Two more new boats -- a 42-foot and 59-foot -- have just come off the drawing boards and will be ready for production by next summer. All boats are a keel-centerboard construction which enables the sailor to pilot deep and shoal waters with equal aplomb.
In addition, Hinckley & Co. services and stores some 60 to 80 boats each winter -- most of them bearing the golden wave logo.
No two Hinckleys are ever alike because so much of finishing of the vessel is tailored to the customer's whims. Owners have saddled their boats with everything from bathtubs to fireplaces to microwave ovens.
No matter what the yacht's ultimate peculiarities, every boat begins as rolls of mat fiberglass and tubs of hot, red resin. "Laying up the hull" is the job of bearded Arnie Clow. Arnie, muscles bulging under his sleeveless yellow T-shirt, moves back and forth between the two halves of the mold split like the belly of a whale, spreading sheets of fiberglass and swabbing on resin. Five double layers will be laid at the boats edge; the keel will be about 1 1/4, inches thick at completion.
After the necessary three to four weeks of curing, sanding, and buffing, the hull is peeled from its red mold and moved "onto the line." From here, until its final delivery date some six to 12 months later, the boat will remain in a state similar to dry docking and receive the rest of its fittings. Some six to eight boats may be on the line at any one time with up to 90 employees scrambling up and down their sides hammering down floors, screwing on winches, bolting down 10 ,000-pound keels, and raising the 62-foot masts.
After the rudder mounts, copper bonding (to protect against lightning), fuel and water tanks are screwed into the hull, a one-piece combination deck, deckhouse and cockpit is fastened onto the hull. From here, the different shops -- machine, electrical, carpenter, sewing -- supply their handmade components according to the customer's specifications, which are mimeographed and taped to the hull of each boat.
Nothing is left to chance. Operations manager Rusty Bradford, a pencil shoved behind his ear, intones, "It's not unusual to tear something out if it's not right the first time." Even the diesel engines, one of the few parts that Hinckley does not make, are tested on the company's own dynamometer.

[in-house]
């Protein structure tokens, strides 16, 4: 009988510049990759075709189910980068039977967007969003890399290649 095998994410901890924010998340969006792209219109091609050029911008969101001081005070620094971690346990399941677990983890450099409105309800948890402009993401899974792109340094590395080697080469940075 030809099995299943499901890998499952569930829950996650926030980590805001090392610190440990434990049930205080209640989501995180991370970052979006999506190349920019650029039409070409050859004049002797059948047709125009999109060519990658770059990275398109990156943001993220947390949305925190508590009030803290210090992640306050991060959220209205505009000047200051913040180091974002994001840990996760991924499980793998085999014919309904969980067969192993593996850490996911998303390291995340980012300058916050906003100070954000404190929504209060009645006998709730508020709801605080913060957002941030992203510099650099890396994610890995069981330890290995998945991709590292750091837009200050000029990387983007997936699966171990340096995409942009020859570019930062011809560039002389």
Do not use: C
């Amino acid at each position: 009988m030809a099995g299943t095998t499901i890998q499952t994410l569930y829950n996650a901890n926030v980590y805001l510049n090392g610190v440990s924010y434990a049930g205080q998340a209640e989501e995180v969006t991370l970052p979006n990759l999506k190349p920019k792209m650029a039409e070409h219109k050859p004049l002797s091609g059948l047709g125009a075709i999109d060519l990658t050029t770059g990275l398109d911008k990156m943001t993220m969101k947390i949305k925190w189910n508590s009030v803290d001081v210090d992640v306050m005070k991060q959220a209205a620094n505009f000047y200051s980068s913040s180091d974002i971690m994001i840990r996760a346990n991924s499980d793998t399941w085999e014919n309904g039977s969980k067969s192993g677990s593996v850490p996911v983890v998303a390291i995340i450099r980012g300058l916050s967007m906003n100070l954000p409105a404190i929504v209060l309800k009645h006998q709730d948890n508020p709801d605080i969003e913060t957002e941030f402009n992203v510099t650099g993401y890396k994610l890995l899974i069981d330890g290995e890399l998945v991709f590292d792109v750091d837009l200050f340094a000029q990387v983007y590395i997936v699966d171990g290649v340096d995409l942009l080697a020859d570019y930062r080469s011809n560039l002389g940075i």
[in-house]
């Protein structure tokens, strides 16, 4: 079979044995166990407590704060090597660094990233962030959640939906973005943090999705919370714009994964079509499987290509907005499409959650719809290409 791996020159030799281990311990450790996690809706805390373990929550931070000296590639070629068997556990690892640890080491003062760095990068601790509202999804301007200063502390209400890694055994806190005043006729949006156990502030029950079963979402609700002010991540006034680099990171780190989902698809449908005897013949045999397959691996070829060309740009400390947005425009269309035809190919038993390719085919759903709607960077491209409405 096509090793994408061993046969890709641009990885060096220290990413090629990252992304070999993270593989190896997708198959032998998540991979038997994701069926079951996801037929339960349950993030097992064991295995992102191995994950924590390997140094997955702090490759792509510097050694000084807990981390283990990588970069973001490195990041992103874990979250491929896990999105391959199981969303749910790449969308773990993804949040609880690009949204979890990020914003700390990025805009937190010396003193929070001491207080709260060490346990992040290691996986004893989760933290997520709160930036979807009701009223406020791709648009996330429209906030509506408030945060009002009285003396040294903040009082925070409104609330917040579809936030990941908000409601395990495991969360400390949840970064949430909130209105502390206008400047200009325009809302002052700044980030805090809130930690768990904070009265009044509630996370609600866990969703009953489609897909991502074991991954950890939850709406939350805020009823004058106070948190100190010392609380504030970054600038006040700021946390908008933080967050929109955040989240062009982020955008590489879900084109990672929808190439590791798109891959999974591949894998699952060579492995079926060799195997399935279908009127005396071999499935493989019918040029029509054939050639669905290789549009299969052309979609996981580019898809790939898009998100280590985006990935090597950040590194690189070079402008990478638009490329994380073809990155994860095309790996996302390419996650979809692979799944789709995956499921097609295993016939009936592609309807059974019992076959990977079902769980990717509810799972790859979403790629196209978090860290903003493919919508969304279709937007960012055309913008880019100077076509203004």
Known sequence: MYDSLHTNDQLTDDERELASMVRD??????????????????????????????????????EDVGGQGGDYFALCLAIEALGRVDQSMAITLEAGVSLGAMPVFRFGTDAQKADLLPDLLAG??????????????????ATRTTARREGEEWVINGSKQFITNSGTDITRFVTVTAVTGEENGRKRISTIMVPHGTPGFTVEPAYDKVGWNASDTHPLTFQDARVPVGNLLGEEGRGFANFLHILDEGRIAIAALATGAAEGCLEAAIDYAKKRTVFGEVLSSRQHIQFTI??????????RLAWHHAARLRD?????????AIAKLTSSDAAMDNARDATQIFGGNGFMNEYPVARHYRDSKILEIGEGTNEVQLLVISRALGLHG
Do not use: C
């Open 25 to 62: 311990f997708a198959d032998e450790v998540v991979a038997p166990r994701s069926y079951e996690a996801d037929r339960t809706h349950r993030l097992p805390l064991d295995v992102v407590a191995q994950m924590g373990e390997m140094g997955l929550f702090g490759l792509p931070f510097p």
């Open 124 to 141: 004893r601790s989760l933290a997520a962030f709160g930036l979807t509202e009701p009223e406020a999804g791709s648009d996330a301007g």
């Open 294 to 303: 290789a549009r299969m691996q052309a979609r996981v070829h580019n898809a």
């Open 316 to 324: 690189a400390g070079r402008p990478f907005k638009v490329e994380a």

One observer described the Hinckley process this way: "First they build a fiberglass boat and then build a wooden one inside it." On a completed Hinckley, no exposed fiberglass offends the eye below decks. All walls are paneled in varnishe mahogany or ash and the floor is polished teak with inlaid holly. All fittings are either brass, bronze, or stainless steel.
On this breezy Monday, "Dalliance," a newly launched gold and navy Hinckley 64, rode majestically in the harbor. Estimated cost? "In the neighborhood" of
Above decks she is an impressive sight of neatly furled sails, gleaming steel , spotless white fiberglass, and burnished teak. But below decks, the Dalliance comes into her own.
The spacious main cabin below, decorated with bleached oak paneling and apricot Ultra-Suede chairs, resembles more a luxury apartment than a ship's galley. The striated teak and holly floor conceals the two diesel engines, while sliding panel cupboards reveal a color television complete with a video recorder, and a stereo system.
On one side is a navigation station done in black Formica with matching black chair. Satellite navigation reveals the ship's location to within plus or minus 500 feet anywhere in the world.
In another corner is the galley, complete with refrigerator, freezer, and trash compactor. Inside the cupboards china and crystal stemware are held secure from the ocean's ornery thrusts by oak pegs.
Through the galley, and into the master stateroom, one sees a double berth covered in the apricot Ultra-Suede. In the closet is another color television and the air-conditioning controls, as well as a water desalinator. Small night lights at ankle level are sprinkled throughout the boat. Nearby is a full-size bathtub.
There are three other bedrooms and two more bathrooms in the forward part of the boat.
After a tour of the queenly yacht, one cannot help wondering who can afford such a luxury. "Surprisingly," says president Moyers, "our current market is a lot of young people who have made it early."
Back on shore, dockmaster Charlie Rich, who had never been on a sailboat until coming to work for Hinckley four years ago, pauses in rigging a Sou'wester 50. Squinting into the early afternoon sun, he grins, "Well, I don't know. What I do know is that they don't pay the help enough to buy 'em."